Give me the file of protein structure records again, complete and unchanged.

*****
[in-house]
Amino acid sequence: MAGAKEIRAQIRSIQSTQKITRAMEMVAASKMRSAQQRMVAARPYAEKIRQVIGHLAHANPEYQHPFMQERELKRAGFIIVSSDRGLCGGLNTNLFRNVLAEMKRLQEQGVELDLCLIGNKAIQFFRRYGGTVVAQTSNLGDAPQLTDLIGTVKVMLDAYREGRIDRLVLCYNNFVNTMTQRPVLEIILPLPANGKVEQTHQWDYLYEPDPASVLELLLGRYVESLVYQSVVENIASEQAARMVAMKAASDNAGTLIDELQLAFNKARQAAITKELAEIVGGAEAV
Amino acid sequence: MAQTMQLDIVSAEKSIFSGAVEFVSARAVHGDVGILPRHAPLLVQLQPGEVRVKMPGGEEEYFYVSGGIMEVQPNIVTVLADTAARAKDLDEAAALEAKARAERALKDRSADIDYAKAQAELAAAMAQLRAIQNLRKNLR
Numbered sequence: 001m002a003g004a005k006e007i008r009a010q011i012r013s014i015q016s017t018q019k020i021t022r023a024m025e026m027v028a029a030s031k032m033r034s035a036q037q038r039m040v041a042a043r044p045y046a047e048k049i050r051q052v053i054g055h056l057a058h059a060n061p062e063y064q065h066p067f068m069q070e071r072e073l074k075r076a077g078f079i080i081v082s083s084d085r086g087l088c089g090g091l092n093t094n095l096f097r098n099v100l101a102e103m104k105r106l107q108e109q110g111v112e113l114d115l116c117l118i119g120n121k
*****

[in-house]
Amino acid sequence: MAGAKEIRAQIRSIQSTQKITRAMEMVAASKMRSAQQRMVAARPYAEKIRQVIGHLAHANPEYQHPFMQERELKRAGFIIVSSDRGLCGGLNTNLFRNVLAEMKRLQEQGVELDLCLIGNKAIQFFRRYGGTVVAQTSNLGDAPQLTDLIGTVKVMLDAYREGRIDRLVLCYNNFVNTMTQRPVLEIILPLPANGKVEQTHQWDYLYEPDPASVLELLLGRYVESLVYQSVVENIASEQAARMVAMKAASDNAGTLIDELQLAFNKARQAAITKELAEIVGGAEAV
Amino acid sequence: MAQTMQLDIVSAEKSIFSGAVEFVSARAVHGDVGILPRHAPLLVQLQPGEVRVKMPGGEEEYFYVSGGIMEVQPNIVTVLADTAARAKDLDEAAALEAKARAERALKDRSADIDYAKAQAELAAAMAQLRAIQNLRKNLR
Numbered sequence: 001m002a003g004a005k006e007i008r009a010q011i012r013s014i015q016s017t018q019k020i021t022r023a024m025e026m027v028a029a030s031k032m033r034s035a036q037q038r039m040v041a042a043r044p045y046a047e048k049i050r051q052v053i054g055h056l057a058h059a060n061p062e063y064q065h066p067f068m069q070e071r072e073l074k075r076a077g078f079i080i081v082s083s084d085r086g087l088c089g090g091l092n093t094n095l096f097r098n099v100l101a102e103m104k105r106l107q108e109q110g111v112e113l114d115l116c117l118i119g120n121k